Comparison with other tools¶
The project that most compares with EasyBuild is Spack, a flexible package manager for HPC systems.
It was created by Todd Gamblin at Lawrence Livermore National Lab (LLNL) in California, USA.
In several ways it looks similar to EasyBuild:
- implemented in Python, compatible with Python 2.7 and 3.5+
- open source software, development on GitHub
- similar high-level structure (core + packages)
- supports installing (scientific) software without admin privileges
- strong focus on HPC and performance
- highly configurable
- well documented (see https://spack.readthedocs.io/)
- generates environment modules files
- worldwide community
- broad spectrum of supported software (6000+ mainline packages)
In other ways, EasyBuild and Spack are quite different. Spack is released under a more permissive open source license (MIT/Apache 2.0 dual license), and whereas EasyBuild supports Linux and Cray PE, Spack also provides good support for macOS out-of-the-box.
The Spack command line interface is quite different from EasyBuild: it
supports subcommands (like "
spack install"), and provides a flexible interface
for specifying an abstract specification of what to install. Here is an example:
spack install firstname.lastname@example.org ^email@example.com %firstname.lastname@example.org
This tells Spack to install
mpileaks version 3.3 on top of MPICH version 3.2, using GCC 4.9.3 as compiler.
This abstract specification is then passed to a concretization algorithm which fills in the blanks: it will pick versions of other required dependencies, determine which compiler flags to use, and so on. This information is fed to the Spack package (which is the equivalent of an easyblock in EasyBuild) to perform the actual installation.
There are many other differences between EasyBuild and Spack as well, too many for this document to cover in detail. See the "Installing software for scientists on a multi-user HPC system" recorded talk at FOSDEM'18 and the Spack documentation for more information (though it should be noticed that all those packages have evolved a lot since that talk was given).
Nix and GNU Guix are both purely functional package managers, which strongly focus on the reproducibility of software installations.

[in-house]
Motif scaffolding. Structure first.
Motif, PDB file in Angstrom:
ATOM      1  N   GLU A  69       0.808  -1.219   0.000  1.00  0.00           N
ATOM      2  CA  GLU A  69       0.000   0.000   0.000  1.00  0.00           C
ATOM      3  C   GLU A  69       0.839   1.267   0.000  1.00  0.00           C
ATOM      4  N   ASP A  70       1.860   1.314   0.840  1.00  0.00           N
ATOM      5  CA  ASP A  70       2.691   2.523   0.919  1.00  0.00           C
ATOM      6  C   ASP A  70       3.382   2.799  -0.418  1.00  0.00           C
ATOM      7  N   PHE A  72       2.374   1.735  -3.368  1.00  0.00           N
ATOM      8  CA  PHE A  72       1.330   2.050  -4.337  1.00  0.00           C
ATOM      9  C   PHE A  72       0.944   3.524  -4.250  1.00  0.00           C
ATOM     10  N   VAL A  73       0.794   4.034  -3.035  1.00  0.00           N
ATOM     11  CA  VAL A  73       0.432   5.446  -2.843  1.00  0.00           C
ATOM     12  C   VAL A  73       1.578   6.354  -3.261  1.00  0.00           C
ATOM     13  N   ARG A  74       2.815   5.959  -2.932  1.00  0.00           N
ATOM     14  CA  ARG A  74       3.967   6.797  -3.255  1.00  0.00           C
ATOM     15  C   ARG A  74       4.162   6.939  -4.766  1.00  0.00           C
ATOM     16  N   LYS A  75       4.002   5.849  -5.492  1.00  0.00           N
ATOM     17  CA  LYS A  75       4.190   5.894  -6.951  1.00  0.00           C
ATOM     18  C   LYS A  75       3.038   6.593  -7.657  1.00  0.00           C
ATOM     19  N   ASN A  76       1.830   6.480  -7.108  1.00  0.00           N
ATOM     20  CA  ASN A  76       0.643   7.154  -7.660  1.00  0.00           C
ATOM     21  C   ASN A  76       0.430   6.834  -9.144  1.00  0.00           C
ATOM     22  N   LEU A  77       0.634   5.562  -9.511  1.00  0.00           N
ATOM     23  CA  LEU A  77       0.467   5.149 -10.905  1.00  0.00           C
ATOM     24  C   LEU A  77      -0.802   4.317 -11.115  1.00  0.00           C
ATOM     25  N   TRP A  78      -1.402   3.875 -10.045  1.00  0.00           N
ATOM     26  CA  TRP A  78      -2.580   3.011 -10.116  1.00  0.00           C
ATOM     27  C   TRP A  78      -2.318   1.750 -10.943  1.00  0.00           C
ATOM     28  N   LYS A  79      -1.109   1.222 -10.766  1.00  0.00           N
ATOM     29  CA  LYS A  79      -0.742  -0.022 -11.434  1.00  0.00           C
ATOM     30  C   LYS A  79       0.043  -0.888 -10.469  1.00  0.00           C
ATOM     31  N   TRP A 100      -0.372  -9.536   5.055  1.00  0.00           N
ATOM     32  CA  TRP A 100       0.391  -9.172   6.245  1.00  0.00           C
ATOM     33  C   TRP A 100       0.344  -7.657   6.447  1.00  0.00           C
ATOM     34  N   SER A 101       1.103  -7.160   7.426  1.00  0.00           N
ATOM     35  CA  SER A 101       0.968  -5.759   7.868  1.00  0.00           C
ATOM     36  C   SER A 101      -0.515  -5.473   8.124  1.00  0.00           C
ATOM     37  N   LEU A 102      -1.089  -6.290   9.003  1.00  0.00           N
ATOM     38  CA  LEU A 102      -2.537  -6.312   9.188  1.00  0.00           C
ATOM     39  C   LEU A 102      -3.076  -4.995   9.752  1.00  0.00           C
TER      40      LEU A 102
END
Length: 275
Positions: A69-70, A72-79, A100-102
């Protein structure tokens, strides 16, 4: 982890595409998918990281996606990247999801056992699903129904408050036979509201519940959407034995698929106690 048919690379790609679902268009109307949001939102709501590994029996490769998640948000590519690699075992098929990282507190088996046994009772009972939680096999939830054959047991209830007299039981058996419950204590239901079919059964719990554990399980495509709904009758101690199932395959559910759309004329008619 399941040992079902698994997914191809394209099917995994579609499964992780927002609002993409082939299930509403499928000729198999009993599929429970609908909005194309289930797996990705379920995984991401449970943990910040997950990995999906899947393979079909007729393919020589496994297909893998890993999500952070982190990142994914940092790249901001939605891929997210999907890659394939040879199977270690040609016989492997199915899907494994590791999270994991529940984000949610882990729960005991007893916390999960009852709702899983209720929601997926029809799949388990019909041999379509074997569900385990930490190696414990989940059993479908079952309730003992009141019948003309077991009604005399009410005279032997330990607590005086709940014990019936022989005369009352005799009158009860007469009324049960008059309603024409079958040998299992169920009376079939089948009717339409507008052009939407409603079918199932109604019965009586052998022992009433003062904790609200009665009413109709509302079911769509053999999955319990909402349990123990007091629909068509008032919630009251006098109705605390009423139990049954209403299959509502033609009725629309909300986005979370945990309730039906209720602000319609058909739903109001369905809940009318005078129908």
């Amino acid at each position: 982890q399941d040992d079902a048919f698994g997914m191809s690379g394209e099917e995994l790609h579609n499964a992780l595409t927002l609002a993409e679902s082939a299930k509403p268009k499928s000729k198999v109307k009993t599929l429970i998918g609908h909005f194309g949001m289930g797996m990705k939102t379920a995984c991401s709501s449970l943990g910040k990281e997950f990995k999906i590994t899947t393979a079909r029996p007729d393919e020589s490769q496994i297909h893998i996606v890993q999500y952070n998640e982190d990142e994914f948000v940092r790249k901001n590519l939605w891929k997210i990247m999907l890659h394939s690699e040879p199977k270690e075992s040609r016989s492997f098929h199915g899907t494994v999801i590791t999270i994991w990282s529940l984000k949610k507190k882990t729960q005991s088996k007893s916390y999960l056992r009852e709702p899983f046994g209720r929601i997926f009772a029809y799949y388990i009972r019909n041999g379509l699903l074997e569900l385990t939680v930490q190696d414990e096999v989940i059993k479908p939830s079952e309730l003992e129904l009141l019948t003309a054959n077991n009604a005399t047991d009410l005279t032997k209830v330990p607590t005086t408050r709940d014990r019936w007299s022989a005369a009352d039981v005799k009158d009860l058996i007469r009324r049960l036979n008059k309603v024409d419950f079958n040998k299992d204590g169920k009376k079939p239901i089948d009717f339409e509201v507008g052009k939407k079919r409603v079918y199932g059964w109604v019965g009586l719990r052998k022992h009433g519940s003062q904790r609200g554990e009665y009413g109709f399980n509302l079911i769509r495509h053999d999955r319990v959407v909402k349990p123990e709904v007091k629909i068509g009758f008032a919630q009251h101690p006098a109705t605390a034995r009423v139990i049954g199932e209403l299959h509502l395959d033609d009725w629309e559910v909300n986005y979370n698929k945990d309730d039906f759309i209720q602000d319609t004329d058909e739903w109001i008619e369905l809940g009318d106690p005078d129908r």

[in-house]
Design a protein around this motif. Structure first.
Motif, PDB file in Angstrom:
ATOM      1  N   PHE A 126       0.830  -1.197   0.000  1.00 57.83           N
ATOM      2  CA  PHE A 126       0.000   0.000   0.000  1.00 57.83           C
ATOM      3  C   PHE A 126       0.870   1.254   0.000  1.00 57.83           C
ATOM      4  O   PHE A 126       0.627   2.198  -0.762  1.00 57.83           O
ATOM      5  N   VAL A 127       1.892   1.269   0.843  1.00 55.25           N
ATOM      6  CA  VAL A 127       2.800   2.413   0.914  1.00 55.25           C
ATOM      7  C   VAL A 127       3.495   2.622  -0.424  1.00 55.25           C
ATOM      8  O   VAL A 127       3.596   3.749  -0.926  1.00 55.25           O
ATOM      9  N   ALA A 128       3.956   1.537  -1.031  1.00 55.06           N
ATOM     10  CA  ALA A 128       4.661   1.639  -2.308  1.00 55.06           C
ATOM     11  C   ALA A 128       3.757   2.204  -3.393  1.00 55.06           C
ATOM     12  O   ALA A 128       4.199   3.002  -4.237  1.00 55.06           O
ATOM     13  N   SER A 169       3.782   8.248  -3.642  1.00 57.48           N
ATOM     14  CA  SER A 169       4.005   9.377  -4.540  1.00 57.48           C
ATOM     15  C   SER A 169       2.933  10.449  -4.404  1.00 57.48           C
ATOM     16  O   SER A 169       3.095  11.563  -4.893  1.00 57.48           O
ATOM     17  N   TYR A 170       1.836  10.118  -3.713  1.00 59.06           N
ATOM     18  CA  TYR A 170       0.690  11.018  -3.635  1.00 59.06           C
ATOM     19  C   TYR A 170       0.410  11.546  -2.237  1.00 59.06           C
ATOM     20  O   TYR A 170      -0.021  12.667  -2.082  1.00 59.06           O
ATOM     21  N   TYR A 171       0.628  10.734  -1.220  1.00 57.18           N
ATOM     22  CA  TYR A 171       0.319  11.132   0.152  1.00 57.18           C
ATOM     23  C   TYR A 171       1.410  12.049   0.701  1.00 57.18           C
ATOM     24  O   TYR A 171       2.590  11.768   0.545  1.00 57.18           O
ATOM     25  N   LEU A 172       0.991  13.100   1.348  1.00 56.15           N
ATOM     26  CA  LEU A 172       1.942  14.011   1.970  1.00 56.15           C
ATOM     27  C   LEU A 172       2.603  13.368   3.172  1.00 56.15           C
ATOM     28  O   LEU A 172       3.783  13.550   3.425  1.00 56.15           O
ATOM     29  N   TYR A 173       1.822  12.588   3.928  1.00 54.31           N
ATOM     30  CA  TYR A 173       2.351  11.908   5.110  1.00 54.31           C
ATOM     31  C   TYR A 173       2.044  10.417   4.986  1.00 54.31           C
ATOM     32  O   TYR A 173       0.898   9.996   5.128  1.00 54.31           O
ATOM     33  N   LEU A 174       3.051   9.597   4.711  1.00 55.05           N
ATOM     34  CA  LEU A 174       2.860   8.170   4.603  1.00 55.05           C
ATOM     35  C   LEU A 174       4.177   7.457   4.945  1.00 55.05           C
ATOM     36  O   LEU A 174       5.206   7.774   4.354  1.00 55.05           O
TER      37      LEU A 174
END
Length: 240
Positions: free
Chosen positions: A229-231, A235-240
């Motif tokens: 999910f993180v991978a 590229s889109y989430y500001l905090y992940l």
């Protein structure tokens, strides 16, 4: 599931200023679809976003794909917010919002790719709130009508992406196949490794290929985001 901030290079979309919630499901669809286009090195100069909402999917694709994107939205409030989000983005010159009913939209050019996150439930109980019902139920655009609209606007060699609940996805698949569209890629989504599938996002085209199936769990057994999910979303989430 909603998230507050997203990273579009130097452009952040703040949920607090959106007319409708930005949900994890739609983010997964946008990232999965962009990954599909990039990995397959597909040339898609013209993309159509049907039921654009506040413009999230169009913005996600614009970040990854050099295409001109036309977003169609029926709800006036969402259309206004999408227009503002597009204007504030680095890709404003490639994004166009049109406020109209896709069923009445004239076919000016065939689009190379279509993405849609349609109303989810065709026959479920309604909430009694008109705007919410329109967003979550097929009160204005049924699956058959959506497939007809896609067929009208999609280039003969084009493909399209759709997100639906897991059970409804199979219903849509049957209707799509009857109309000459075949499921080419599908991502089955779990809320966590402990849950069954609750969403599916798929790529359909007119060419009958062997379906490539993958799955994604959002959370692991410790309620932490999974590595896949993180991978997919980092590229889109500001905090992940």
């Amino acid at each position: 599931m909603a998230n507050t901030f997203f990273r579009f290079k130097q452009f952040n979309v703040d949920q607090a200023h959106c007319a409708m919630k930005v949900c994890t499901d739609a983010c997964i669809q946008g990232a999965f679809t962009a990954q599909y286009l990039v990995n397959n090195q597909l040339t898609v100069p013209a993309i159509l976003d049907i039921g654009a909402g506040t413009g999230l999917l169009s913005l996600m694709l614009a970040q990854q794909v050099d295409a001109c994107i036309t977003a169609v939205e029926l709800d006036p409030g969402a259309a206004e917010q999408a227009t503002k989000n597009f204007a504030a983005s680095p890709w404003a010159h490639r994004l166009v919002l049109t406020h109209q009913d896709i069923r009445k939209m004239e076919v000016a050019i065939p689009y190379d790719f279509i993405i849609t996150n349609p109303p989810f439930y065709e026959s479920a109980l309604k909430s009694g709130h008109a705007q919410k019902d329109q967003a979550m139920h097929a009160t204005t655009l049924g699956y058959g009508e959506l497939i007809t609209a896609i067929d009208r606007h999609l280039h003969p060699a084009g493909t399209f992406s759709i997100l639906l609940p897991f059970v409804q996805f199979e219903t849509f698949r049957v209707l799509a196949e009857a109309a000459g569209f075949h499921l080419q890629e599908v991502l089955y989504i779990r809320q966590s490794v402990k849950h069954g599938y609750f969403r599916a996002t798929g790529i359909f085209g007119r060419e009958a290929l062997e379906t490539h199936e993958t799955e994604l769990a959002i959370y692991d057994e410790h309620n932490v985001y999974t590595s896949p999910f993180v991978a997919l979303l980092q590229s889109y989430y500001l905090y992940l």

In Nix packages are expressed as Nix expressions (a custom DSL), and software installations are usually done in the Nix store, a dedicated installation directory, each in a specific subdirectory that includes a unique identifier for that installation. For example:
Guix is very similar to Nix, but is a separate project entirely. There is a dedicated Guix HPC community that focuses on the use of Guix in an HPC context. Packages in Guix are implemented in Guile Scheme, and many advanced features like transactional upgrades and rollbacks are supported.
To the best of our knowledge, neither of these tools have seen wide adoption in the HPC community to date.
Conda is a package manager that runs on Windows, macOS and Linux, and is very popular in the scientific community.
It focuses on quick installation of software and ease of use, and lets users create a conda environment in which they can install one or more packages. These packages are usually pre-built generic binaries however, which may significantly impact the performance of the installations.
Despite wide adoption in the scientific community
conda is not a good fit
for HPC systems for a number of reasons, including poor support for multi-user
environments, a lack of focus on performance, heavily relying on the home
directory (which usually is limited in size on HPC systems), and more.
There is also no guarantee that it will install libraries that are compatible with
the hardware of the cluster you're working on, so the Conda-installed software may
not always talk properly to the cluster interconnect or resource manager.
See this link for a more detailed discussion.
In addition, software installed via
conda usually does not mix well with
software installed through environment modules.